Making your water safer with UV light
In Natalie Hull's hometown in rural Kentucky, well water was contaminated by heavy metals from mining, and sewage from pipes emptied into a creek that ran near her house.
So it's not entirely surprising that when it came time to choose a PhD topic, she decided to focus on water purification and disinfection. Now in the final year of her environmental engineering studies, Hull's research looks into the different wavelengths of ultraviolet radiation that will best kill dangerous pathogens in the water we drink.
"I'm excited to do the intense biology research that informs technology development that will help people like those in my hometown," Hull said.
Hull's research revolves around ultraviolet light and its role in the disinfection of drinking water. As she put it, she is trying to "understand and optimize the molecular mechanisms of UV disinfection at all different wavelengths." This means she experiments with different UV wavelengths, using various combinations and doses, to find the most effective means for killing microbes in drinking water.
Hull hopes her research can help limit the use of chlorine, which is used by many water municipalities.
"Some bacteria are more resistant to chlorine, and those can be the same bacteria that make weak people sick," Hull said. An example she gave was mycobacteria, which can cause lung infections. Myco's waxy cell membrane, from its mycolic acids, repels chlorine. But the membrane does little to resist damage caused by wavelengths of UV light.
"All drinking water has bacteria in it," Hull said. "What I am hoping is UV can provide a more broad spectrum treatment and not allow for a higher proportion of opportunistic pathogens."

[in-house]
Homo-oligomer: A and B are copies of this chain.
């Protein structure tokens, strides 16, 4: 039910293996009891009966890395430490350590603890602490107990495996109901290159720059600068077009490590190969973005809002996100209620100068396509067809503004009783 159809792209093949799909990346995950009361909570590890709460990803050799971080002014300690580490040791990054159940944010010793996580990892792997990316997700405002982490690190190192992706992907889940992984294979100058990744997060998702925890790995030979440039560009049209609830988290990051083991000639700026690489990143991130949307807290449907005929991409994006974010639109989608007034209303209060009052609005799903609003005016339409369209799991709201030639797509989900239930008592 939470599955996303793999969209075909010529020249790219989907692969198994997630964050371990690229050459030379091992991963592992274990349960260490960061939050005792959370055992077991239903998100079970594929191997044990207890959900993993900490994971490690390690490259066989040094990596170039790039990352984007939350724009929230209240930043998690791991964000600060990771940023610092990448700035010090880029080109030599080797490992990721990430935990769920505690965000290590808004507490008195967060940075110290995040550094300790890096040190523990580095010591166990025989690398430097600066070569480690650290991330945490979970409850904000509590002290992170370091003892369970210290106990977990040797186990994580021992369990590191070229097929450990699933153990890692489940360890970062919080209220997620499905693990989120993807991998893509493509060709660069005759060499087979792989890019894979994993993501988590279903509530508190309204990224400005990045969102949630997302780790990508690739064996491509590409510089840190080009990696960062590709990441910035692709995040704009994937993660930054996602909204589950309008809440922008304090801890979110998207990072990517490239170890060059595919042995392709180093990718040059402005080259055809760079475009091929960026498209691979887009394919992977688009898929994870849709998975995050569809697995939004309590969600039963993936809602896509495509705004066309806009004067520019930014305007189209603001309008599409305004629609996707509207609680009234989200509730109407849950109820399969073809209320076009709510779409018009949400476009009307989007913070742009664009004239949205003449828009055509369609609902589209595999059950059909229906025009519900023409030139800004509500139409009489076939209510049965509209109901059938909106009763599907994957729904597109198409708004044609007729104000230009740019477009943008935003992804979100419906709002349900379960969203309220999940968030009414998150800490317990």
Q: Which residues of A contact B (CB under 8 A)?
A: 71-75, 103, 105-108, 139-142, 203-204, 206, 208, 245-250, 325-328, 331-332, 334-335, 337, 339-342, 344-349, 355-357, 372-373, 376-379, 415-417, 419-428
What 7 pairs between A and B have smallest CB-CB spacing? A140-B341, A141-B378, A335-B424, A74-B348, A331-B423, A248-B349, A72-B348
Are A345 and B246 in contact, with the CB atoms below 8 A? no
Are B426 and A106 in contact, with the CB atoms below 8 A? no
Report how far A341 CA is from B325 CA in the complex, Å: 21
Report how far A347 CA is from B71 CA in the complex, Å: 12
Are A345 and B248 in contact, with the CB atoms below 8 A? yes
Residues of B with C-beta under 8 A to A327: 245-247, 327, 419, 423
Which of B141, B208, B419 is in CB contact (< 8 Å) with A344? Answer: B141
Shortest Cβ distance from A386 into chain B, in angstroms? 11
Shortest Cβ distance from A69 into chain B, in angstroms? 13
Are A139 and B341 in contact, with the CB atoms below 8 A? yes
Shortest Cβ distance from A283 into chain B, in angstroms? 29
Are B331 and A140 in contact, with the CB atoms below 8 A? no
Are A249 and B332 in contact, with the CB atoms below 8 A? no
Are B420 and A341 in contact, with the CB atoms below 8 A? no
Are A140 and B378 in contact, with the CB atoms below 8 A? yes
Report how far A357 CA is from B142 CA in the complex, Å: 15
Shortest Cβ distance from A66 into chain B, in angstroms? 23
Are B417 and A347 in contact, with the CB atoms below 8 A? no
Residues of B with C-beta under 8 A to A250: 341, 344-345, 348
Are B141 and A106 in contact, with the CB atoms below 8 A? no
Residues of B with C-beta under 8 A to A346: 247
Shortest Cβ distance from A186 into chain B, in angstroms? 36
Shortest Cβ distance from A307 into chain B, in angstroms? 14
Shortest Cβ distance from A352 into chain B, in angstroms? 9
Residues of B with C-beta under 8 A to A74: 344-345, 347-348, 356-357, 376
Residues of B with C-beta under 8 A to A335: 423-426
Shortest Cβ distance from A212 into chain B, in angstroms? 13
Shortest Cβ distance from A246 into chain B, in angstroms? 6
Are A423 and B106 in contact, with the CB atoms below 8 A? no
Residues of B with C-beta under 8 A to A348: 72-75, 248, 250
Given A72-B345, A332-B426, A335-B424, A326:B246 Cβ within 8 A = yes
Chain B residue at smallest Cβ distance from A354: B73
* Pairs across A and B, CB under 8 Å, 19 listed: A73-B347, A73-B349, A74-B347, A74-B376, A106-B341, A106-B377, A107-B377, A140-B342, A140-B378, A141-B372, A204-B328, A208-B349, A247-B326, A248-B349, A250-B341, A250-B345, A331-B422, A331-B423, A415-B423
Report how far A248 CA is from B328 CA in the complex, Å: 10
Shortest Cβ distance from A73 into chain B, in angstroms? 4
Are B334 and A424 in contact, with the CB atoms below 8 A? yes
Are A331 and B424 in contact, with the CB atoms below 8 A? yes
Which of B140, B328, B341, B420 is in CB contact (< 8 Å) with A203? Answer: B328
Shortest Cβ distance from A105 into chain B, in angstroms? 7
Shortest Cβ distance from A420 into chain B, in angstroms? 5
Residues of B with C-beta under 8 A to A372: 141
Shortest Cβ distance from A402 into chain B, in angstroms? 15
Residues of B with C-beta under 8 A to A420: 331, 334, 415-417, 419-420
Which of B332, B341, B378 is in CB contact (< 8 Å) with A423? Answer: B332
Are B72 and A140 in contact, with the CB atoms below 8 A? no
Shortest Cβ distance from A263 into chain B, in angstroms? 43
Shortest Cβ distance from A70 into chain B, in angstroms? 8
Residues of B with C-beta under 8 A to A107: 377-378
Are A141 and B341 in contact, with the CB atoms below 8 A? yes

Viruses are more difficult to kill with UV than bacteria pathogens, so standards for water cleanliness are based around viruses. This is because whatever killed the viruses in water will likely kill dangerous bacteria at a lesser dose. An exceedingly dangerous virus sometimes transferred through water is the adenovirus, which Hull wants to figure out how to cripple.
Lately, Hull has been experimenting on bacteriophage MS2 as a stand-in for adenovirus, since MS2 shows results of UV exposure within 24 hours, as opposed to waiting two weeks to see results on adenovirus. Before entering her lab, Hull covers herself from head to toe to protect her skin from the damaging UV rays, and then bombards her samples with light.
Ultraviolet wavelengths run from 200 to 300 nanometers, but Hull concentrates on the 222 nanometer wavelength achieved by a special lamp called an excimer lamp. The lower wavelengths, Hull has found, are more effective at damaging the proteins in microbes as well as their DNA, rendering them incapacitated.
The end goal is to implement a more sophisticated water purification system into our water municipalities. Hull described UV lights shining on water as it flowed through the system, killing whatever may be harmful in the water.
"You can either use stronger lights, or slow the flow down," Hull said, explaining how one might overcome the barriers of an inadequate UV purification system. "But if you need the water you can't really slow the flow rate."